Keeping it fresh, organic and local

Protect against disease

The scientist Colin Campbell spent 20 years looking for a link between diseases and nutrition. He studied the diets of millions of people and found that fruits and vegetables help to prevent many diseases.
The rutin, or vitamin P, found in citrus fruits, strengthens the walls of blood vessels, inhibiting the development of atherosclerosis, and improves cardiovascular function. Aubergines and courgettes reduce blood pressure. Thyrokinins in carrots, cabbage, and lettuce improve thyroid function. Beets are rich in betaine, which prevents the aging of liver cells. Apples, abundant in pectin, help eliminate harmful cholesterol.
The list goes on and on: each plant has more than one healthful property. And eating vegetables regularly has been shown to reduce the risk of cancer by as much as 30 per cent.

Improve your eyesight

Who doesn’t know the famous joke about rabbits and glasses. But the eye benefits of carrots are no joke – the beta-carotene in the bright carrot combats macular degeneration of the retina and cataracts. Fruits rich in vitamin C – such as bell peppers, citrus fruits, watermelons and tomatoes – protect the retina from damage. Pumpkin, cabbage and spinach – champions of lutein – help improve vision, while avocados and other plants rich in vitamin E are great for preventing cataracts.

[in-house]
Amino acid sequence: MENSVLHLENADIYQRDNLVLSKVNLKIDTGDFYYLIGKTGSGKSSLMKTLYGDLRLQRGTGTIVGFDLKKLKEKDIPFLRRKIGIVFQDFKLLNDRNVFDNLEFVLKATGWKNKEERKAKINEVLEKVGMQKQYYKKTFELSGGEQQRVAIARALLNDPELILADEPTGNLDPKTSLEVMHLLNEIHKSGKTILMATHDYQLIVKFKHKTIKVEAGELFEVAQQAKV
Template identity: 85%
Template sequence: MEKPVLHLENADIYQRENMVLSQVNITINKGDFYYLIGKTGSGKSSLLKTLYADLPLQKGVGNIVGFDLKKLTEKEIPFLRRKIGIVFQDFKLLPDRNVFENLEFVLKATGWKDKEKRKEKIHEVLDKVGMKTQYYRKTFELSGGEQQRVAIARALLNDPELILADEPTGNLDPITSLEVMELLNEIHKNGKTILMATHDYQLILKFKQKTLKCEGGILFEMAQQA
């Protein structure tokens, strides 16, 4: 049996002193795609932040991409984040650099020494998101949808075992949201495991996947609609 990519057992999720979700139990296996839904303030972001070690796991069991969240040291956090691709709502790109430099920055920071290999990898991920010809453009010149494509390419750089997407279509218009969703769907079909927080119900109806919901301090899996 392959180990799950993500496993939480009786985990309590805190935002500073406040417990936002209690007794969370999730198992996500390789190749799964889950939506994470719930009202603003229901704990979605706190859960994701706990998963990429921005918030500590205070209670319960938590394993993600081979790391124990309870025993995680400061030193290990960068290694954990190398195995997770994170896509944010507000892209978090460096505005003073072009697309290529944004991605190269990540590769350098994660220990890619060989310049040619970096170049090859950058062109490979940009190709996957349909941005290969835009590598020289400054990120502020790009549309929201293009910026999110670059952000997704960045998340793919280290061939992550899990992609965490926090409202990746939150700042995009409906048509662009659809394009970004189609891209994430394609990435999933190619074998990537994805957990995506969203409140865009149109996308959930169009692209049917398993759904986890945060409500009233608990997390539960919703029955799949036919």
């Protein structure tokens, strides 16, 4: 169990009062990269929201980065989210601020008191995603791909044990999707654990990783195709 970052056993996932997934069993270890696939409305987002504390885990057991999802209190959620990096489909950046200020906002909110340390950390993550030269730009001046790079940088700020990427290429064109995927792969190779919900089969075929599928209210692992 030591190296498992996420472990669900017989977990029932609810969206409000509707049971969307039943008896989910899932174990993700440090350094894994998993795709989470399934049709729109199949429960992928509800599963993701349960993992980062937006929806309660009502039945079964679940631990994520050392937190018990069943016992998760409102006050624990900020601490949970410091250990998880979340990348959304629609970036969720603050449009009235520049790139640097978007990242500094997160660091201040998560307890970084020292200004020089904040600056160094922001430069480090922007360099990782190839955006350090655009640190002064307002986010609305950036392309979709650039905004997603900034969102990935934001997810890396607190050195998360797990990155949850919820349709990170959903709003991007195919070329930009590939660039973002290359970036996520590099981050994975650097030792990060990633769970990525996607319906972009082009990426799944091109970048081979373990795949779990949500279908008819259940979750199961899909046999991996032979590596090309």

Boost your mood

Research has proven that people who eat more fruits and vegetables are less prone to depression. That’s because they contain antioxidants, folic acid and selenium, which boost the production of the mood hormone serotonin. Some of the most effective natural “antidepressants” are beans, citrus fruits, spinach, romaine lettuce, bananas and apples.
The consumption of raw fruit and vegetables is particularly beneficial, experts from the University of Otago in New Zealand have stated. In the study, they found that subjects who ate the fruit raw had higher levels of psychological well-being than those who consumed cooked fruit and vegetables.

Making you smarter

Food for the mind is not only good books. A variety of fruits and vegetables are also very good for the brain. This is especially important for those who are engaged in mental work, as well as for the elderly. The antioxidants in fruits prevent damage to brain cells and are an excellent prevention of atherosclerosis and Alzheimer's and Parkinson's diseases. Doctors consider apples, pears and apricots to be the best brain "helpers" (they are rich in iron, which helps saturate the brain with the oxygen it needs to function properly), carrots rich in luteolin (a compound that reduces age-related memory deficits and the risk of inflammatory brain diseases), beetroots (they are high in iodine, iron and glucose), and cabbage and spinach (they supply brain cells with iron, vitamins B6, B12 and folic acid).

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